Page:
In recent years, many have challenged the frontier thesis
first articulated by Frederick Jackson Turner-that the frontier is "the
meeting point between savagery and civilization"-as racist and rife with
imperialism. Turner delivered the thesis in 1893, amid rapid industrialization
and urbanization following American westward expansion to the Pacific Coast; it
summed up decades of American understanding and influenced several generations
of American historians. Now, Native Americans, Western historians and others
have challenged many aspects of Turner's thesis and have offered alternative
histories of Anglo-American expansion, colonization and settlement in North
culture, land and gender, we will explore many of these histories during the
fall quarter. Considering the points of view of the colonized and the
colonizer, we will examine the role of power and power relations in the encounters
of diverse peoples on American frontiers. We will analyze the experiences and
perspectives of indigenous peoples; women; Anglo-American explorers,
entrepreneurs and settlers; African-Americans; Latinos; and Asian immigrants.
During fall quarter, we will explore the initial encounters of Europeans and
indigenous peoples; the culture and society of the American backcountry and of
Native peoples in the 18th and early 19th centuries; the development of Andrew
Jackson's Indian removal policy and the consequent transformation of Native
American society; and slavery, Africans, Native Americans and the
transplantation of slave society to the Southwestern cotton frontier. Winter
quarter we will address the frontier as it addresses regions further to the West.
will have three central considerations that structure our group inquiry. We
will reflect on the images and mythology of American frontiers and critically
contextualize its place in popular culture. We will take as our starting point
the difference between the "frontier" versus a homeland/region. How
does American expansionism contribute to the creation of regions as
"places" and how do you contrast that to having your homeland
transformed/invaded? Finally, we will complicate history as a social process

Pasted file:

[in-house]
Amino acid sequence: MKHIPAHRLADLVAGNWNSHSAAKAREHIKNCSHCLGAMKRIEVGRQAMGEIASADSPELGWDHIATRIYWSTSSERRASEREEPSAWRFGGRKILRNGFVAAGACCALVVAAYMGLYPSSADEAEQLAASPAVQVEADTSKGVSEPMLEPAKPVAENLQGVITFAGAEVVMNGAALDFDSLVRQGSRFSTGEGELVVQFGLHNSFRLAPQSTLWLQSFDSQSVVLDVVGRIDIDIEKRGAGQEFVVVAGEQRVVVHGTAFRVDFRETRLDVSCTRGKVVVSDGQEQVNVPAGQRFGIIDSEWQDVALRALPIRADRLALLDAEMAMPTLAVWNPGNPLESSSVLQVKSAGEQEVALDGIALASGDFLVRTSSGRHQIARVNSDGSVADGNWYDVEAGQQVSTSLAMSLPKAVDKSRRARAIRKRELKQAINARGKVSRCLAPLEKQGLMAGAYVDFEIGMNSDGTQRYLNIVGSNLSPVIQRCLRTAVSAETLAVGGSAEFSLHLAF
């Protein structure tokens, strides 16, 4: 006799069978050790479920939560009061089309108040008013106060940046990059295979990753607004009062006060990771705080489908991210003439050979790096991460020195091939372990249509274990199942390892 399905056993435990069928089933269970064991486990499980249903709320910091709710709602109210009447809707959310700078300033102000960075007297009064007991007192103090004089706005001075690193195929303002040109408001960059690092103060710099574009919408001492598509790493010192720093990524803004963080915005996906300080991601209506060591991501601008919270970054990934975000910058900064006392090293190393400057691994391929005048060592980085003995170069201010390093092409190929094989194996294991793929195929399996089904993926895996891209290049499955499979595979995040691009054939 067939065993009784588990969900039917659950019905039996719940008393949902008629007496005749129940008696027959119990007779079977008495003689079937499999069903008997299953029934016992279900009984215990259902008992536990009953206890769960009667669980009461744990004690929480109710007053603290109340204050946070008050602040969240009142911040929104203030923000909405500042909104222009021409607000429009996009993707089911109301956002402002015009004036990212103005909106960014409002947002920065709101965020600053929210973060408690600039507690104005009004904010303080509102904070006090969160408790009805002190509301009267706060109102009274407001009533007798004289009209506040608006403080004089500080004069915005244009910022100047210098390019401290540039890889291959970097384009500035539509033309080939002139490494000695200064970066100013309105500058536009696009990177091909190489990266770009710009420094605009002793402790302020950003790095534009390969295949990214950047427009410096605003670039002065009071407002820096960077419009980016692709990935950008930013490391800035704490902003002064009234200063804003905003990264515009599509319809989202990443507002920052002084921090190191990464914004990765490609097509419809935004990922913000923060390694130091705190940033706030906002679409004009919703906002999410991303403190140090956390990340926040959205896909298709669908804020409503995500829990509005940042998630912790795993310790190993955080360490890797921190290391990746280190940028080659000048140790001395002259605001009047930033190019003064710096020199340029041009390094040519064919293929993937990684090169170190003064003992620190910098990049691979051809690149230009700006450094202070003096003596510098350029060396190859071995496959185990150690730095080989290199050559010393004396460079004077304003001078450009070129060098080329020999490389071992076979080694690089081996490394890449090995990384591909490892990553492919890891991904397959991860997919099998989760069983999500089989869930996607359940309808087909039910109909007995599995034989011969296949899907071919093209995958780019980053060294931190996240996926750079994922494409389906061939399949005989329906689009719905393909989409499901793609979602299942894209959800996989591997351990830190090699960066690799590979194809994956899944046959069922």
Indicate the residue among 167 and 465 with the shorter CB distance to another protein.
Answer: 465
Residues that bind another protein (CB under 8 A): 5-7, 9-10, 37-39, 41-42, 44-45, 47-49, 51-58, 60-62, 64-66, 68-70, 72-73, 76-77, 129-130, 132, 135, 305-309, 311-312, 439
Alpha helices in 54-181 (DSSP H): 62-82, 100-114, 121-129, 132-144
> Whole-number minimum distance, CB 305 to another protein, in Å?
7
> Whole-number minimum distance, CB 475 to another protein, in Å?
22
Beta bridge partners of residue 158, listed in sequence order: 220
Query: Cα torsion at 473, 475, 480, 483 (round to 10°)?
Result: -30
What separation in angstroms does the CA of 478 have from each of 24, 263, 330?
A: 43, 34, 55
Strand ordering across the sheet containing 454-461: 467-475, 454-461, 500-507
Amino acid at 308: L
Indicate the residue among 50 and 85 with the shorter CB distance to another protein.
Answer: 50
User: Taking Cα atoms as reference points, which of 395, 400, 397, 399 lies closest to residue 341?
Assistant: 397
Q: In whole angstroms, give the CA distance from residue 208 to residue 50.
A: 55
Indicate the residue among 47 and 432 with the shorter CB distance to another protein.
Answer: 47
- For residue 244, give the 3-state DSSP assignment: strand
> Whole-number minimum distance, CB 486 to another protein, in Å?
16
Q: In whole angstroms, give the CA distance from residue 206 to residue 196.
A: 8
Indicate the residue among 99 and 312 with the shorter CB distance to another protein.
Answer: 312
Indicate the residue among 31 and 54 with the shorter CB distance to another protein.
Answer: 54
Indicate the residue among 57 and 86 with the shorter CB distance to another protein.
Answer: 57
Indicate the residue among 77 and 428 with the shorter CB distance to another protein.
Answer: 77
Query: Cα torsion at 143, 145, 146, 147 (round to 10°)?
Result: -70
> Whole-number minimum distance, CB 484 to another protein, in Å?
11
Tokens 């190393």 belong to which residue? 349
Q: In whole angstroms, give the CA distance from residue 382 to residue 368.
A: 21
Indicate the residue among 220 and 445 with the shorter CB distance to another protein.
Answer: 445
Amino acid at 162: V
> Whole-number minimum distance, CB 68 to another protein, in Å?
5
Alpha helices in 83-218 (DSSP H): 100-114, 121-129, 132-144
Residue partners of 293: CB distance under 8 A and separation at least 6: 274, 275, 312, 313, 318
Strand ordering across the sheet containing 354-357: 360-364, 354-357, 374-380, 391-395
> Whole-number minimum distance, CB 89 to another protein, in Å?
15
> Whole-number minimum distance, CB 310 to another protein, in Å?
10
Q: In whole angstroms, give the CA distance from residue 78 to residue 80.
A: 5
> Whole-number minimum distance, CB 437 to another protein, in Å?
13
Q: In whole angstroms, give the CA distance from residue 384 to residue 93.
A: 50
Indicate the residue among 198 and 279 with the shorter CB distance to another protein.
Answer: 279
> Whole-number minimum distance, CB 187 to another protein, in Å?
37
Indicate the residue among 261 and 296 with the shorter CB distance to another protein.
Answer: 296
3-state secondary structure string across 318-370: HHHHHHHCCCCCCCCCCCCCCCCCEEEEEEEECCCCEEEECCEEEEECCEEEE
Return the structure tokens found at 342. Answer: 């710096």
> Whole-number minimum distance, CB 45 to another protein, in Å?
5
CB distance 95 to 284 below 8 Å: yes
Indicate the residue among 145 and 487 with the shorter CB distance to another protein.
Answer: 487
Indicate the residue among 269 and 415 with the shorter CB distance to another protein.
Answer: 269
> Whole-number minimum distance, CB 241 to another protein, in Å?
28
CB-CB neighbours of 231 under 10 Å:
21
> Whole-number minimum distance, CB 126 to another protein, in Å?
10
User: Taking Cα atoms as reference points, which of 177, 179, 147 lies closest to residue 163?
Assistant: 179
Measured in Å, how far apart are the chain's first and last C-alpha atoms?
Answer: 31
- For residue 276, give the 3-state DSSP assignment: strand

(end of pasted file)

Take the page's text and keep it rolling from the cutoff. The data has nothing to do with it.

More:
by interrogating the interaction of cultures and identities in the formation of
approach of this program will attempt to locate events in both time and space,
taking into account chronological events, geographical places, and thematic
ideas. The progression of the course will roughly follow the chronological
progression of American “frontiers” across specific regions, and address the
social and cultural issues that each historical stage has presented.
and seminars will focus on an overview of these temporal periods and issues.
To facilitate a more in-depth treatment of particular issues, students will be
part of small groups focusing on a particular region. In this way, we can
better understand the complexity and local nuances of “frontier” history and
its legacies. For example, we can begin to see how modern public stereotypes
of American “frontiers” often focus on particular regions and not others, and
that an assumption made in one region may not apply well in another.
projects will derive from our regional focus; the final project will deal with
the legacies of the “frontier” found in contemporary issues in the region.
Students will become the “experts” on their particular region, and contribute
their regional angle to discussions. It may be more fruitful for students to
study a region that they are not already familiar with, to enhance the breadth
of their knowledge. Each of our three seminars will include three regional
groups each, though all seminars will read and discuss the all-program readings
on all the regions.
You will receive a separate handout on how you will work in your geographic region group.
You will use Atlas of the North American
Indian as your reference text and first
source for your background on the Native history of your region.
Schedule for submission and presentation of short synthesis essays
- All papers must be set in Times (or TImes New Roman) 12pt, double spaced
- All papers will bbe discussed on Thursdays in writing seminar in the following order:
|writing group one||writing group two||writing group three|
|weeks 2 & 5||weeks 3 & 7||weeks 4 & 8|
to participate in writing seminar, students must possess sufficient copies of
their completed essay to distribute to their peers and seminar leader, and a
copy for themselves (most likely this will be an approximate total of nine copies), at the beginning of writing seminar. Be certain to
complete your paper draft well ahead of time and to acquaint yourself with
copying facilities so that this requirement is easily fulfilled. No exceptions
will be made.
Full credit can be earned by doing all of the following:
- Reading assigned texts in advance of class
- Participating in class activities (participation is defined as active listening, speaking, and thinking)
- Attending class (as attendance is a precondition of participation, absences will diminish your ability to
earn full credit; more than three absences will mean reduced credit; three occasions of tardiness will equal
- Completing all assignments by the due date
- Writing a narrative self evaluation for your transcript
- Attending an evaluation conference when you leave the program
If you do all the above at a passing level, you will earn sixteen credits for the quarter. The quality of your
work will be described in a narrative evaluation from the faculty.
Your evaluation will consist of your seminar leader's
written evaluation of your work, your self-evaluation, and the evaluation
conference. You will be evaluated on your level of comprehension of the
material, on your skills (writing, thinking, speaking, listening, research,
presentation), and on your intellectual engagement with the major themes of the
program as reflected in assignments and seminar discussions.